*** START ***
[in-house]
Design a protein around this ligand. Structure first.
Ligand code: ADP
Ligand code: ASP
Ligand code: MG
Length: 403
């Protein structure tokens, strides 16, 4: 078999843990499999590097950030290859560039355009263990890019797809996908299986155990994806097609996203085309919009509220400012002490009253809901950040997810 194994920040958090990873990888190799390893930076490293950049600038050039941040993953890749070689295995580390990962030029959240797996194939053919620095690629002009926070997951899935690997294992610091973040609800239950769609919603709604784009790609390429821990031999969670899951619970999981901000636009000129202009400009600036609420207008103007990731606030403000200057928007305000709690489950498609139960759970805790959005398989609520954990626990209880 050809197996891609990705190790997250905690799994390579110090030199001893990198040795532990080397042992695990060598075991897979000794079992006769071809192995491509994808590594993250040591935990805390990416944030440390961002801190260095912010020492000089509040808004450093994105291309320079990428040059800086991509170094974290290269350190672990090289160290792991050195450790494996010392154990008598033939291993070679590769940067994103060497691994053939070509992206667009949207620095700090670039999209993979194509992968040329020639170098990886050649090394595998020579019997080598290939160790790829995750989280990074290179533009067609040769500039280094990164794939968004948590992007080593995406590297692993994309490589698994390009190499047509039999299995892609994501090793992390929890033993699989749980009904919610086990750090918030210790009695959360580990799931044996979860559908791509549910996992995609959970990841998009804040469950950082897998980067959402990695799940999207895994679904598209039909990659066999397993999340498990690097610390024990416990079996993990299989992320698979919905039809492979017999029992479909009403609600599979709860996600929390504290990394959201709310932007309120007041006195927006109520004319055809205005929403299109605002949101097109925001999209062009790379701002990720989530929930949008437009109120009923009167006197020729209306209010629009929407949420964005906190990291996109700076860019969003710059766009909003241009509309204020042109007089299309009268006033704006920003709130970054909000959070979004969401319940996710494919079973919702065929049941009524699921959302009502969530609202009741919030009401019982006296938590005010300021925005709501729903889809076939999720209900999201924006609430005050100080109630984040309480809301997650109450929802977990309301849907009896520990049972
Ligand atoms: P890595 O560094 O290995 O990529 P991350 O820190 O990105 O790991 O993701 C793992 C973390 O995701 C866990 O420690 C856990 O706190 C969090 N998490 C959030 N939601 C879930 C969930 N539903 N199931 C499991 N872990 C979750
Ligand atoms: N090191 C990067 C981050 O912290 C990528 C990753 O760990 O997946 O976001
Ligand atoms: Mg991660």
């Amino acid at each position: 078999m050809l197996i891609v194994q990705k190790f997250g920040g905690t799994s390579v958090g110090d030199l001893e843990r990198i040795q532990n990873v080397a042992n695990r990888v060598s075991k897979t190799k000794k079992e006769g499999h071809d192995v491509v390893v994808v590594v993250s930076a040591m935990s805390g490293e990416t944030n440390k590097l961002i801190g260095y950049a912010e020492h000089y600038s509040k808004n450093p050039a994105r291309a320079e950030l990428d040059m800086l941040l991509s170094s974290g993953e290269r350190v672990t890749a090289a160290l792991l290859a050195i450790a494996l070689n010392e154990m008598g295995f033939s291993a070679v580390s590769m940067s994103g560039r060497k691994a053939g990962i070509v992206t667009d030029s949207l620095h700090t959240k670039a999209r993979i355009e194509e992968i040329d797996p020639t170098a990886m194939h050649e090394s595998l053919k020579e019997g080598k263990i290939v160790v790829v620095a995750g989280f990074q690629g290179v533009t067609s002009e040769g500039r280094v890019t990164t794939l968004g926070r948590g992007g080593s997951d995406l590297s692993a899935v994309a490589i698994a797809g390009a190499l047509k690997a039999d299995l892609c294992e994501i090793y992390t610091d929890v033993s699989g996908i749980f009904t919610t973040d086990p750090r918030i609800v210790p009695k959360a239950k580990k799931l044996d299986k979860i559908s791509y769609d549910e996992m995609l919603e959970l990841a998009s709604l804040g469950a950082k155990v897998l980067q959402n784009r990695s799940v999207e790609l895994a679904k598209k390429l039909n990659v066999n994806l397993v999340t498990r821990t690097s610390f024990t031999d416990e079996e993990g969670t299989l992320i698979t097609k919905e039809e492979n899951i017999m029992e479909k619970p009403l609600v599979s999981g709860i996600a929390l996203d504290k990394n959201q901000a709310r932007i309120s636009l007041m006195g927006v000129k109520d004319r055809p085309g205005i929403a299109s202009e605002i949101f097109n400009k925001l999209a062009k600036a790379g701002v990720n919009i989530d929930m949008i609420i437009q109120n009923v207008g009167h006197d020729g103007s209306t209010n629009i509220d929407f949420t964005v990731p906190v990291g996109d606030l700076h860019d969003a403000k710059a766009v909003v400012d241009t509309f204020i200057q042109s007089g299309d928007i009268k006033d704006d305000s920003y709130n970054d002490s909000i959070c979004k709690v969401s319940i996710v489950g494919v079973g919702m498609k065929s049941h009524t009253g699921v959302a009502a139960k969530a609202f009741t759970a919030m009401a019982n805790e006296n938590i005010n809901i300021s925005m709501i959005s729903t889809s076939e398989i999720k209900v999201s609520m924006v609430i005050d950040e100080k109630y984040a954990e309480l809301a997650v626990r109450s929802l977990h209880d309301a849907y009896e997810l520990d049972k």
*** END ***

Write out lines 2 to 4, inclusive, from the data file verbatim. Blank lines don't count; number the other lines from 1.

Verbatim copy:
Design a protein around this ligand. Structure first.
Ligand code: ADP
Ligand code: ASP